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Hofstra’s Charles Jenkins Drafted by Golden State Warriors in Second Round


Hofstra guard Charles Jenkins was selected by the Golden State Warriors with the 44th overall pick in the NBA draft. (Photo credit: Hofstra Athletic Communications)

Charles Jenkins will continue to don a royal blue and gold uniform next season, but it won’t be for Hofstra University.


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The senior guard was surely filled with “Pride” Thursday night after being selected by the Golden State Warriors with the 44th overall pick.

The Springfield Gardens (Queens) product departs Hofstra as the school’s all-time scoring leading with 2,513 points.

The selection of Jenkins ends Hofstra’s 11-year drought of having a player drafted. Ironically, Speedy Claxton—the last Hofstra player drafted in 2000—currently serves as a scout for the Warriors.

“I’m thrilled for Charles; I’m thrilled for his family,” said Hofstra head basketball coach Mo Cassara. “It’s also a great day for our basketball program, and it’s a great day for Hofstra.”

In his senior season, Jenkins averaged a career-high 22.6 points per game and led the Pride to a 14-4 record. In addition to having his number retired, he received the Haggerty Award, which honors the top basketball player in the NY Metro area. He joins Jim McMillan (Columbia University, 1978-80) and Chris Mullin (St. John’s University, 1983-85) as the only three-time recipients of the award.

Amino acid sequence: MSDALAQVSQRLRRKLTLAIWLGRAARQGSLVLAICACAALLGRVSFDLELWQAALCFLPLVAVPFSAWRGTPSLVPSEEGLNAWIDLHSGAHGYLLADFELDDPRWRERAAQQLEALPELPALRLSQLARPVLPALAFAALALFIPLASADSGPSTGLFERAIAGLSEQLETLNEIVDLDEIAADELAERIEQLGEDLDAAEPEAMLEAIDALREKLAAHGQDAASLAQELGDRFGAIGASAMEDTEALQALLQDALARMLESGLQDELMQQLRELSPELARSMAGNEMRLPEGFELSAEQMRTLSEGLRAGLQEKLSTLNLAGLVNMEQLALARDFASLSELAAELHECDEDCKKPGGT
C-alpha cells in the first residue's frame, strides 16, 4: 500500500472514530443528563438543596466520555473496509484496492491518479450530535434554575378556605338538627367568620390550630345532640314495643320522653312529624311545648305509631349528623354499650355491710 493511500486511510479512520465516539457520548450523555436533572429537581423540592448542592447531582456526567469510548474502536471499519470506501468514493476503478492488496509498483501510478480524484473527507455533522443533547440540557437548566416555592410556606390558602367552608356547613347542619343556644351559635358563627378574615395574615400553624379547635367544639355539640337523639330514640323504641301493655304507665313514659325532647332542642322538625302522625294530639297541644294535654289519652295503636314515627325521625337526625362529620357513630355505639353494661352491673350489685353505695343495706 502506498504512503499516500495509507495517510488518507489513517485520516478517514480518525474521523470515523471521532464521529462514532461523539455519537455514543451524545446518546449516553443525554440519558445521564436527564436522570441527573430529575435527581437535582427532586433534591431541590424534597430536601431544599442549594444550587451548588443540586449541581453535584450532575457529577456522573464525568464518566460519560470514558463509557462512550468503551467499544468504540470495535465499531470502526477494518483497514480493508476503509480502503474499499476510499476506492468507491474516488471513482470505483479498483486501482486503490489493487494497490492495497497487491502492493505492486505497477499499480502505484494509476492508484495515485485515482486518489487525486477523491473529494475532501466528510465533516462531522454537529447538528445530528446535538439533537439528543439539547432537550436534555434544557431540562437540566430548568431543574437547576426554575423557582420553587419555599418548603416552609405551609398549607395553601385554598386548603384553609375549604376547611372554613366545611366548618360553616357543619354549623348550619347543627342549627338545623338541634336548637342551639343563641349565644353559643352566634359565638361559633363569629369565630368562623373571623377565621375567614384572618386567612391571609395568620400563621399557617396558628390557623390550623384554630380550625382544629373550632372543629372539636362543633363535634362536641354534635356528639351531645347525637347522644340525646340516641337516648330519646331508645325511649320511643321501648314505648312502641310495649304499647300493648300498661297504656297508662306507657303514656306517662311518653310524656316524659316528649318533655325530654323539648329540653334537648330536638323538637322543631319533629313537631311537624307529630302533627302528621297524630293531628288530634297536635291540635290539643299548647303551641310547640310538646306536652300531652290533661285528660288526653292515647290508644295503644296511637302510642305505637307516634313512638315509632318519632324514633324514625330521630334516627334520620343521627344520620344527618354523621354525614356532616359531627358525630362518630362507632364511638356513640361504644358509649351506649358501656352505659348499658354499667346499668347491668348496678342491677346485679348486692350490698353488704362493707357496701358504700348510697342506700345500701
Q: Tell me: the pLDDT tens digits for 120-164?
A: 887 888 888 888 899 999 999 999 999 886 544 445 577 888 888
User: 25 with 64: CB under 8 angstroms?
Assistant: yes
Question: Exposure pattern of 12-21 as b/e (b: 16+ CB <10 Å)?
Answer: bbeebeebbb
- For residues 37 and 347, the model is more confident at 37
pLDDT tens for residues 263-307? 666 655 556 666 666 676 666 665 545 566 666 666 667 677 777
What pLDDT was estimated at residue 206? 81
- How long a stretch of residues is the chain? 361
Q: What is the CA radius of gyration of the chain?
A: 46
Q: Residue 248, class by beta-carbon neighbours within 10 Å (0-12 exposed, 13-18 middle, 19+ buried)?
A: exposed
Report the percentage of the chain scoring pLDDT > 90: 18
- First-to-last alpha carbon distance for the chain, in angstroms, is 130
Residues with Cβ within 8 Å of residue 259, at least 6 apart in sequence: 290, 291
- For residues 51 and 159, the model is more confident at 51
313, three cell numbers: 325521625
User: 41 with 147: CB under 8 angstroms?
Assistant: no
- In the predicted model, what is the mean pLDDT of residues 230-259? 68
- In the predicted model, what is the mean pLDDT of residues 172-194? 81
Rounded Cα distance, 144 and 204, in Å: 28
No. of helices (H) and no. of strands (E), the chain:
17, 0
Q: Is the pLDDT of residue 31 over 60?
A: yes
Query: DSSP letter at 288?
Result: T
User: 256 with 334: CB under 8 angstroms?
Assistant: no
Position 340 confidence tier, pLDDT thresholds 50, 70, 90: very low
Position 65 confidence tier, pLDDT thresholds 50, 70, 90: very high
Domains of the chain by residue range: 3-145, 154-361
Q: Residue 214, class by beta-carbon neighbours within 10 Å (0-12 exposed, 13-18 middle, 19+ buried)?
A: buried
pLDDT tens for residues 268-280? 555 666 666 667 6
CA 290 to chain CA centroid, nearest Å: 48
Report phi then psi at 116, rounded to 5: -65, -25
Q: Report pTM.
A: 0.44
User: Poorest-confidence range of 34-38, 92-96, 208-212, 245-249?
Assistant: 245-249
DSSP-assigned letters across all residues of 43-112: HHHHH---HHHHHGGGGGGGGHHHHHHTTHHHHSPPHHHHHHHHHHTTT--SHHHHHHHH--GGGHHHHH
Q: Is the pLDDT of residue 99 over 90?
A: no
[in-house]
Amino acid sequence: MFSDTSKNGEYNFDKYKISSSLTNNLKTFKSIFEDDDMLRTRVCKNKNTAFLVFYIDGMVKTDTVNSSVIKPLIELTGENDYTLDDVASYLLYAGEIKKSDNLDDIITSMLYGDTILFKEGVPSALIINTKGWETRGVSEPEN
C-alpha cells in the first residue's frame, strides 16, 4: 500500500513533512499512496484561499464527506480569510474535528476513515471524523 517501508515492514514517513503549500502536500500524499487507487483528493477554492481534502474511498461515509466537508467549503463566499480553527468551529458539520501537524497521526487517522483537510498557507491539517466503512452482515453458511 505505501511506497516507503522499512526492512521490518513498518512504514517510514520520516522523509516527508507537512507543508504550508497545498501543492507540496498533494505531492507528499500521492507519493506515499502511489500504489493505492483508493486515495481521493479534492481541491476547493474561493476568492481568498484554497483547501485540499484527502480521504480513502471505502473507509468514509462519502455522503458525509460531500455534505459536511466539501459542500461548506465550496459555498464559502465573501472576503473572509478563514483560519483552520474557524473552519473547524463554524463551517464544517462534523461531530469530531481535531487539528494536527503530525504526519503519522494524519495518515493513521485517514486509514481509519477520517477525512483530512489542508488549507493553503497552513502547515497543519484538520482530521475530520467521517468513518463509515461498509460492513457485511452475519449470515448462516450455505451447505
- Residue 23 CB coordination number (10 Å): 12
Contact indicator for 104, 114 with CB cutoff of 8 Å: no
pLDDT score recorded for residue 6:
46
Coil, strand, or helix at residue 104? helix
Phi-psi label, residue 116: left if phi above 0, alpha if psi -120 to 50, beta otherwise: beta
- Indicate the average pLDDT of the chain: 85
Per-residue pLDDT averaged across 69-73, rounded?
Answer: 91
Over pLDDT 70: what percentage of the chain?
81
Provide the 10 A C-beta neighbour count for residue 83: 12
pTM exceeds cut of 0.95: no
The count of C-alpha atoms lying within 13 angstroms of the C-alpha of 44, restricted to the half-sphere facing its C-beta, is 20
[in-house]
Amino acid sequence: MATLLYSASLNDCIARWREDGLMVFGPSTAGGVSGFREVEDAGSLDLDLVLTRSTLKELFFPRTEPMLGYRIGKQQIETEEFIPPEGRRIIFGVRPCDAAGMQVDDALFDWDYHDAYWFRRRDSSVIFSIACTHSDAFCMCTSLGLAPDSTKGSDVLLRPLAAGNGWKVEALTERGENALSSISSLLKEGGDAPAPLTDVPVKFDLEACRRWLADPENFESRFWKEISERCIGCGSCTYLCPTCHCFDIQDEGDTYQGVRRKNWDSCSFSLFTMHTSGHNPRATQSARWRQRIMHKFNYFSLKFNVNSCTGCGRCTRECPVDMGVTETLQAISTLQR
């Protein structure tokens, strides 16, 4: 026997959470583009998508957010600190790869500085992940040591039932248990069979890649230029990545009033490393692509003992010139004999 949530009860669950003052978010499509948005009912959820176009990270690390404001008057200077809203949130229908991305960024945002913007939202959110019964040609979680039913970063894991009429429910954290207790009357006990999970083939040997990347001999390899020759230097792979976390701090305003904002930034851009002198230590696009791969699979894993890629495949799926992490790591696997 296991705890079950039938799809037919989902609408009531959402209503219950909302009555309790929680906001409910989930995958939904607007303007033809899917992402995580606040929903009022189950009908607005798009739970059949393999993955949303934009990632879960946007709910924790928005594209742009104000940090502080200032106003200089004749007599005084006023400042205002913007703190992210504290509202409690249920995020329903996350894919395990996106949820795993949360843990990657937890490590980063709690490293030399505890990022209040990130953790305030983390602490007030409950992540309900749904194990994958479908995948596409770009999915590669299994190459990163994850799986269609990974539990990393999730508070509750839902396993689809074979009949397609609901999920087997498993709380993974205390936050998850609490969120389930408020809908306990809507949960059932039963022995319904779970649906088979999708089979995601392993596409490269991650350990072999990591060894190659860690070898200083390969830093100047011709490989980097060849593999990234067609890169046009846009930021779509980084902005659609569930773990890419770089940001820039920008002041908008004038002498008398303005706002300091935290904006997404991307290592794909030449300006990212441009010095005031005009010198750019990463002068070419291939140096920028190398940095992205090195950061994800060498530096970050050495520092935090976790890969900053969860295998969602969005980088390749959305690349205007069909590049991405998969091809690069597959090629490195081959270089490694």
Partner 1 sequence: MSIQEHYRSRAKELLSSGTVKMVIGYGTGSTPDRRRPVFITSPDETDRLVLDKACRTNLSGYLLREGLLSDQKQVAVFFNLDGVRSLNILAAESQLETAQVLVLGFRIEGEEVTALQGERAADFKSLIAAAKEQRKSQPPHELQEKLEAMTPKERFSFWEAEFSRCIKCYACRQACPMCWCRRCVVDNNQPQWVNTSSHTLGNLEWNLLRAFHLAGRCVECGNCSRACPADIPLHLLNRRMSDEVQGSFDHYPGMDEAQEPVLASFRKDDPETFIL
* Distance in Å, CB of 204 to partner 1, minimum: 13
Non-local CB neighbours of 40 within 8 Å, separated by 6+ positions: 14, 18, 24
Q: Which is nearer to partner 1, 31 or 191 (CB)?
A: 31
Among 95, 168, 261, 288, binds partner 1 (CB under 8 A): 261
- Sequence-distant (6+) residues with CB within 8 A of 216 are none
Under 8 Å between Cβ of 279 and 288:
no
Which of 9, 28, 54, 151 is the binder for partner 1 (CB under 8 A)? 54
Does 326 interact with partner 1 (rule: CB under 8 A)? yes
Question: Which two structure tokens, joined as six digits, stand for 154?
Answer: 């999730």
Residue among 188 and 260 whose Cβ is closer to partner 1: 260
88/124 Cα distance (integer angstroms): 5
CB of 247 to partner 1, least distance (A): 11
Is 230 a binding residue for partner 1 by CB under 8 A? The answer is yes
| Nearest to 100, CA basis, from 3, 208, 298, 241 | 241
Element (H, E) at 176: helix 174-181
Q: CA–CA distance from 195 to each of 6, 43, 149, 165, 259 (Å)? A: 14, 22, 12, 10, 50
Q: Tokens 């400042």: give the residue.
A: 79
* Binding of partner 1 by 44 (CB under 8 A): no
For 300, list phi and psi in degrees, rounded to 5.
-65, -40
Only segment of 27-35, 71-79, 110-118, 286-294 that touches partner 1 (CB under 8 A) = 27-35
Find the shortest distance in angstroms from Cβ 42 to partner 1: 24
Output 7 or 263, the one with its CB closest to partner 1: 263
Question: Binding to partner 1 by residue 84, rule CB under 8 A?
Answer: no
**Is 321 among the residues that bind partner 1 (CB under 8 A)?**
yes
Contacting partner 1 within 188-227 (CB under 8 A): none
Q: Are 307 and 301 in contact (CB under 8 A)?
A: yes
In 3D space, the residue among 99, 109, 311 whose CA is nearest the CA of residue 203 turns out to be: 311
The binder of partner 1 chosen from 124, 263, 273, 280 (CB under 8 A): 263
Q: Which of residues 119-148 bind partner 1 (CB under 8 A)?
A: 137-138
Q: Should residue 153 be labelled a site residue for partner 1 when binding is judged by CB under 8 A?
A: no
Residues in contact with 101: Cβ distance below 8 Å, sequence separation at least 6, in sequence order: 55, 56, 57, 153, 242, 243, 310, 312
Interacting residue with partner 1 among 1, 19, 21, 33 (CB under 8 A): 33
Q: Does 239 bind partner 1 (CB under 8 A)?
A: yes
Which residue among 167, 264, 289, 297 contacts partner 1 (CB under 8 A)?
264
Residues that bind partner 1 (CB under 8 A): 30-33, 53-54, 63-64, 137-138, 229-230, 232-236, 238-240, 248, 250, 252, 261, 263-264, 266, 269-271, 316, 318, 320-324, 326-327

Cassara says that Jenkins’ six-foot three-inch thick frame and experience will give him an edge in the NBA. Jenkins was a fifth-year senior at Hofstra, which allowed him to start four seasons after red-shirting his freshman year. In addition, Cassara believes Jenkins’ character will benefit him most at the next level.

“You have to be a good basketball player, but you also have to be a good person and do the right thing on and off the court, and I think Charles Jenkins is every bit of that,” said Cassara.

With the selection of Jenkins and another scoring guard in Klay Thompson, the Warriors appear to be a team on the rise. The young backcourt duo of Monta Ellis and Stephen Curry combined to average 42.7 points per game last season.

The future appears bright for Jenkins, especially if he maintains his basketball skill and strong character. As a last piece of advice before Jenkins starts his NBA career, Cassara recently sent the following text to Jenkins: “I’m really proud of you, keep doing what you’re doing and don’t ever change who you are.”

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